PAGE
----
Lest a month go by without feminist bloggers talking about each other's breasts, "Boobgate 2006" was revived today by HuffPo's Liz Funk. The post titled "Feministing: Feminist? Or Just Ing?" (exactly what that means, we're not sure) examines last month's flap between feminist law blogger Ann Althouse and Feministing's frontwoman Jessica Valenti. The skirmish -- previously detailed here -- started when Althouse derided a photo of Valenti and several other bloggers with Bill Clinton. Althouse criticized Valenti's "three-quarter pose and related posturing"; she then followed up with a post titled "Let's Take a Closer Look at Those Breasts" and set in on Feministing for being a "breastblog."
Funk revives the fray, it seems, to address the role sex plays in feminism. It's a valid aim that is unfortunately foiled by some good ol' female-baiting. She starts in by detailing Valenti's attire in the Clinton/blogger photo: "She is wearing a figure-hugging cable-knit sweater. But she's not in a little blue dress, either." And if she were? Here we are, right back to the most troubling sentiment behind Althouse's original rant: What a woman thinks, feels, or says, is never quite as important as the way she looks, chooses to dress, or who she's sleeping with. Again, it's any woman in the near vicinity of Clinton who is judged for his infidelity -- not Clinton himself.
She also describes the Feministing staff as "perky, educated (and cute) young women" and then goes on to assert that "nearly everyday, [the site] is updated with risqui and often sexually implicative content." Let's be accurate here: For roughly every post about vibrating appliances is one about political chauvinism in Zimbabwe -- and then there's a whole lot in between.
Funk posits that Feministing may use sex to attract attention. She writes, "Sex sells... and women buy it." (Well, not according to some reports.) Indeed, Feministing employs sexual imagery. But, typically, it's meant to be subversive or ironic, as with Feministing's curvaceous mud-flap girl giving the one-fingered salute.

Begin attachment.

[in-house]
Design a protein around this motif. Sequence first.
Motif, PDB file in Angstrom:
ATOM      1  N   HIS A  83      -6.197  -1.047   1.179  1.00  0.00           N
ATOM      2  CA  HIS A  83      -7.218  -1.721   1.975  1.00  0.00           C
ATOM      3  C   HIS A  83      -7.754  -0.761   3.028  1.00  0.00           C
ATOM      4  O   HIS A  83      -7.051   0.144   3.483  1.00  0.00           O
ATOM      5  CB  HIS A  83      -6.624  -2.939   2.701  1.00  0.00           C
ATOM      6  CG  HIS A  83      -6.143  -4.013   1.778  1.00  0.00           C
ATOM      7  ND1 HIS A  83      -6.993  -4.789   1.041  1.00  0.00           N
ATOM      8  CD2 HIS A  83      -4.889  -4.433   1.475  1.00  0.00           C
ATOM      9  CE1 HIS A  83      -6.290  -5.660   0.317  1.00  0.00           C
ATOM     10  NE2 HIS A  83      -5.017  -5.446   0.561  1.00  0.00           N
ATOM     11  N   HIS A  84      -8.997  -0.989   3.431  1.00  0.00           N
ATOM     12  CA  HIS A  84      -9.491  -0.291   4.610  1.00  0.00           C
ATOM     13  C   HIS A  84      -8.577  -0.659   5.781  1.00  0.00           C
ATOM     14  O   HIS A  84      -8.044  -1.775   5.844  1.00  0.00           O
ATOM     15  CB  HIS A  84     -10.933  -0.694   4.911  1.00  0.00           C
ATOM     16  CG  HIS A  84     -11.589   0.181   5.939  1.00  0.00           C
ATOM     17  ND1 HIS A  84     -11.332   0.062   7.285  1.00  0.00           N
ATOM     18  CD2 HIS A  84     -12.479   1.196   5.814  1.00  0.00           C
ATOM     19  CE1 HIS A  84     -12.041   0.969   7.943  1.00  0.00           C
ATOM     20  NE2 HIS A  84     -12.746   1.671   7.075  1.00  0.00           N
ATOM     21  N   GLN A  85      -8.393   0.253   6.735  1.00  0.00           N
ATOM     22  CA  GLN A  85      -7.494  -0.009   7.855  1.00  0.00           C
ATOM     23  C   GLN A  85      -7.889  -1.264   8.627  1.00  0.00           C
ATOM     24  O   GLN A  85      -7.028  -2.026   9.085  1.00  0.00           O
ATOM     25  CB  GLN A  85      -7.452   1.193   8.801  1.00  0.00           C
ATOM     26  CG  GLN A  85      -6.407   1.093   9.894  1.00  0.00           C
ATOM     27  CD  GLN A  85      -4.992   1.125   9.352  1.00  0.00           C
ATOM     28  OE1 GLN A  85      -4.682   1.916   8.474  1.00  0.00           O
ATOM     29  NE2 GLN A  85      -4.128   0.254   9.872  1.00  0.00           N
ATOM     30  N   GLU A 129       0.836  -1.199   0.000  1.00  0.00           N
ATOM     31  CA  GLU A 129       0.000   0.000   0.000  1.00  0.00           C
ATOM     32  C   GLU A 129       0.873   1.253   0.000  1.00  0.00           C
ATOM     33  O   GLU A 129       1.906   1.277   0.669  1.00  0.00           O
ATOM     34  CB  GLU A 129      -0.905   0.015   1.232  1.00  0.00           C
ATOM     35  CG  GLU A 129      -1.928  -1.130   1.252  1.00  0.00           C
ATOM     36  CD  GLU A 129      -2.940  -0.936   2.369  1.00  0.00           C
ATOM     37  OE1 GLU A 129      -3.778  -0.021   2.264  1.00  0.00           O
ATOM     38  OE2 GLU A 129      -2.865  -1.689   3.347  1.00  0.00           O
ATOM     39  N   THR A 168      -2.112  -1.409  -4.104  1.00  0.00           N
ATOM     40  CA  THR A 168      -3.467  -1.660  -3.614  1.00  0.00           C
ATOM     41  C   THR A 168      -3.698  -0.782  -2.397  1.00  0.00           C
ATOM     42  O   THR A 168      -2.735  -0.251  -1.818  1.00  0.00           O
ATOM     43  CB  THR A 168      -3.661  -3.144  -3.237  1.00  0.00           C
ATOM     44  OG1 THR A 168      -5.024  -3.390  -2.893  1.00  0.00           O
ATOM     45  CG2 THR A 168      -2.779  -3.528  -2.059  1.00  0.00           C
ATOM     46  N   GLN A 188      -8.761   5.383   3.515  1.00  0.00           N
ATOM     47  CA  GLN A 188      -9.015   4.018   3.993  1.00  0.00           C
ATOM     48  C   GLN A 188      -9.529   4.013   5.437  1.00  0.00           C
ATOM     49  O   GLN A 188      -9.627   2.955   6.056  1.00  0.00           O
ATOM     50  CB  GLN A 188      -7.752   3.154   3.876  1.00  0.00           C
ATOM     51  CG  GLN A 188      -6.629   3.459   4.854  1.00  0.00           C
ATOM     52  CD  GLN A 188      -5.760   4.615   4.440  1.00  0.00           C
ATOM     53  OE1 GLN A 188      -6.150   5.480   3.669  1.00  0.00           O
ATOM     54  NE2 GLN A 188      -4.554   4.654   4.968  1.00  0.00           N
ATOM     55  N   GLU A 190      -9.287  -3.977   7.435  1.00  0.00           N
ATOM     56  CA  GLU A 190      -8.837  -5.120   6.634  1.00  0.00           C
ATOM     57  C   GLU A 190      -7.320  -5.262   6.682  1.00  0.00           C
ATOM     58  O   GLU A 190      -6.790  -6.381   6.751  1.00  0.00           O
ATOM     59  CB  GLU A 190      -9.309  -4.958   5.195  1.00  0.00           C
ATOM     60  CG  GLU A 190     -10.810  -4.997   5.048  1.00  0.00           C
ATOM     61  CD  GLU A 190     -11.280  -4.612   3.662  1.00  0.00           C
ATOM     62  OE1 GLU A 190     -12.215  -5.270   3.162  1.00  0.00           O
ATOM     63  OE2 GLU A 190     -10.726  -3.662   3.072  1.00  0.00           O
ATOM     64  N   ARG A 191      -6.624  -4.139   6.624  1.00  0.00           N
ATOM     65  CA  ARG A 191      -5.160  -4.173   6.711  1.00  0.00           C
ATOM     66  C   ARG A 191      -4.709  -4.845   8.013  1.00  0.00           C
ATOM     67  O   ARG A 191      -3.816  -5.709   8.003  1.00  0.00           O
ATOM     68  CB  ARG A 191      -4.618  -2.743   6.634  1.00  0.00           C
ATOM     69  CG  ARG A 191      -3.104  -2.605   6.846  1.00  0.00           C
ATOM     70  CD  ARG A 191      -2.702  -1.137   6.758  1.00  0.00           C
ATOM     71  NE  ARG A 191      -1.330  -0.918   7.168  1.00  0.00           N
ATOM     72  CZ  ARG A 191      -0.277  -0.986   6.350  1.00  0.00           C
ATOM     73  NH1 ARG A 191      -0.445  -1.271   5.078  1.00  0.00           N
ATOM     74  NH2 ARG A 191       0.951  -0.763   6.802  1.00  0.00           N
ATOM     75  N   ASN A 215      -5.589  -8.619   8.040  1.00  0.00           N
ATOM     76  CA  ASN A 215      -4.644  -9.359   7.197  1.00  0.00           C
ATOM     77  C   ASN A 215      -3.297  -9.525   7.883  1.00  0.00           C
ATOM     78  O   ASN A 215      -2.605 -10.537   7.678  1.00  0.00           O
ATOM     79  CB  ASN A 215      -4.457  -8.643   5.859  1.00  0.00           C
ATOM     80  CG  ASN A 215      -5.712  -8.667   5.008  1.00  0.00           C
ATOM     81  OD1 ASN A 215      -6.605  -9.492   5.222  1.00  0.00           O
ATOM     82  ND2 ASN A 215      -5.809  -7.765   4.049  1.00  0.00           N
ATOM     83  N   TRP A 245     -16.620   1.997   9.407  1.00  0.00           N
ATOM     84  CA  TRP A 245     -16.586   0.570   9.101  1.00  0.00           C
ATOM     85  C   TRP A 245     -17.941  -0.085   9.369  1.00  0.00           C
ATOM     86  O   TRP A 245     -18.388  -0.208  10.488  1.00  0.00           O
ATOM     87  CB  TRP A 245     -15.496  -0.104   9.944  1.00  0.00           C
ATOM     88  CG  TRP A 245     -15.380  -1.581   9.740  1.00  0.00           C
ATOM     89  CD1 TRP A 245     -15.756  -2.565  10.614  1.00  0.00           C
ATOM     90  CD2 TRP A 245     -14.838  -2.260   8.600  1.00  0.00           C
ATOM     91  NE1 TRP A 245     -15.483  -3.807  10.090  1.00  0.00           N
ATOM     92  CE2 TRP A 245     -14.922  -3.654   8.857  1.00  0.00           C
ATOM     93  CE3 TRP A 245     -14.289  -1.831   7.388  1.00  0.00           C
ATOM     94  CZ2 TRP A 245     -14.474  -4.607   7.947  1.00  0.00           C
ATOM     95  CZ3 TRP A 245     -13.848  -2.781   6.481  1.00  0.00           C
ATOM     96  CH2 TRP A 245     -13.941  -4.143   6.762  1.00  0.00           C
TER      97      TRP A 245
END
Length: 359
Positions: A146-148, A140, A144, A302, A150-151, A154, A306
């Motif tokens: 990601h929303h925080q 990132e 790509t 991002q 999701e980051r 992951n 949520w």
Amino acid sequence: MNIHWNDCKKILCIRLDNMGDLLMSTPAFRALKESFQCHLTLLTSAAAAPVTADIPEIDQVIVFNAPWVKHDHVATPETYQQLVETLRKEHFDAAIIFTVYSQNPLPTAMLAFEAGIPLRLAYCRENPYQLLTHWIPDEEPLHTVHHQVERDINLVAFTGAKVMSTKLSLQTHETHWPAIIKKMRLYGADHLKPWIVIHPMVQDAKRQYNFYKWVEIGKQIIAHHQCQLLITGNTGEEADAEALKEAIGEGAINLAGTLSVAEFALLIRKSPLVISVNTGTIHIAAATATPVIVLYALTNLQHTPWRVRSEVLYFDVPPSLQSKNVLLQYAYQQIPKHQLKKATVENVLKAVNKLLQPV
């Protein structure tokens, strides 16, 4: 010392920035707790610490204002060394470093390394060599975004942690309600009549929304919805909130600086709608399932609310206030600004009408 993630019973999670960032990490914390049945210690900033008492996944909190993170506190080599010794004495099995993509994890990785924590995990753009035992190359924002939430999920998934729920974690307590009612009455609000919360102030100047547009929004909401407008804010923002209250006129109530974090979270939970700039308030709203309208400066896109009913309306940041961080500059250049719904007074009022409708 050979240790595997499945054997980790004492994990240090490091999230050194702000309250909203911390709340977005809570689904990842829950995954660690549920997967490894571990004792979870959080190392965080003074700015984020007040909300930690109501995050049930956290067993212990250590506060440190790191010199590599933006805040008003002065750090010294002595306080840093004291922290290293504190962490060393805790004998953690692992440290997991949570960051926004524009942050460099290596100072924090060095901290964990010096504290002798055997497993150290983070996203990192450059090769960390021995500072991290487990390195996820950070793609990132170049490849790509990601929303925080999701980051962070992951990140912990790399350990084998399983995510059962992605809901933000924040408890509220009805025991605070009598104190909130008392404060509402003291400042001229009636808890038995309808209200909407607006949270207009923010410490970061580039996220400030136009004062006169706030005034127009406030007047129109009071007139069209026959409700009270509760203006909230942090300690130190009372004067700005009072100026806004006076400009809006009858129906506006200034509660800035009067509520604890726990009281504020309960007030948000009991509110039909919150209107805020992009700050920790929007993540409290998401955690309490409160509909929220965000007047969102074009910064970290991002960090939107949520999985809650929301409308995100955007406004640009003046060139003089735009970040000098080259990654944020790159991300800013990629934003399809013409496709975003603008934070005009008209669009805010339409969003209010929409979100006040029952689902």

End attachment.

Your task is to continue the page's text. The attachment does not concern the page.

Of course, though, this debate isn't anything new. Erin Matson, the co-chair of that National Organization for Women Young Feminist Task Force, told Funk, "This controversy is a rehashing of a very old debate within the feminist community: is public sexuality empowering or harmful to women? [S]ome feminists may disagree with the stance taken by many of Feministing's writers, but let's reserve the word 'anti-feminist' for our real enemies." Funk then sharply elaborates: "The criticisms of the sexuality of Feministing omit a critical part of Feministing's context: feminists are obsessed with sex. Some of the major feminist issues, from reproductive rights, to stopping sexual violence, to promoting positive images of women in media almost always pertain to sex." Indeed, the discussion of sex and sexuality is implicit in feminist discourse.
What's most depressing about this controversy is that rigorous infighting in the feminist blogosphere is too often limited to attacks on appearance and sexuality that deem some women unworthy of feminism. That's why the kicker at the end of Funk's post is so perplexing: "When we hear Paris Hilton say, 'Feminism: that's hot,' we'll know feminists are in trouble." When Paris Hilton is deemed an inadequate member of the feminist movement but, say, Eve Ensler is considered worthy, I start to feel like feminism has been co-opted as the Mean Girls' table in a high school cafeteria.
I can agree with Althouse on one point, though. She says, "Maybe if feminists had the nerve to engage in real debate about feminism they could get some young people excited about real ideas." Agreed. So, let's stick to discussing the issues, not each other's breasts.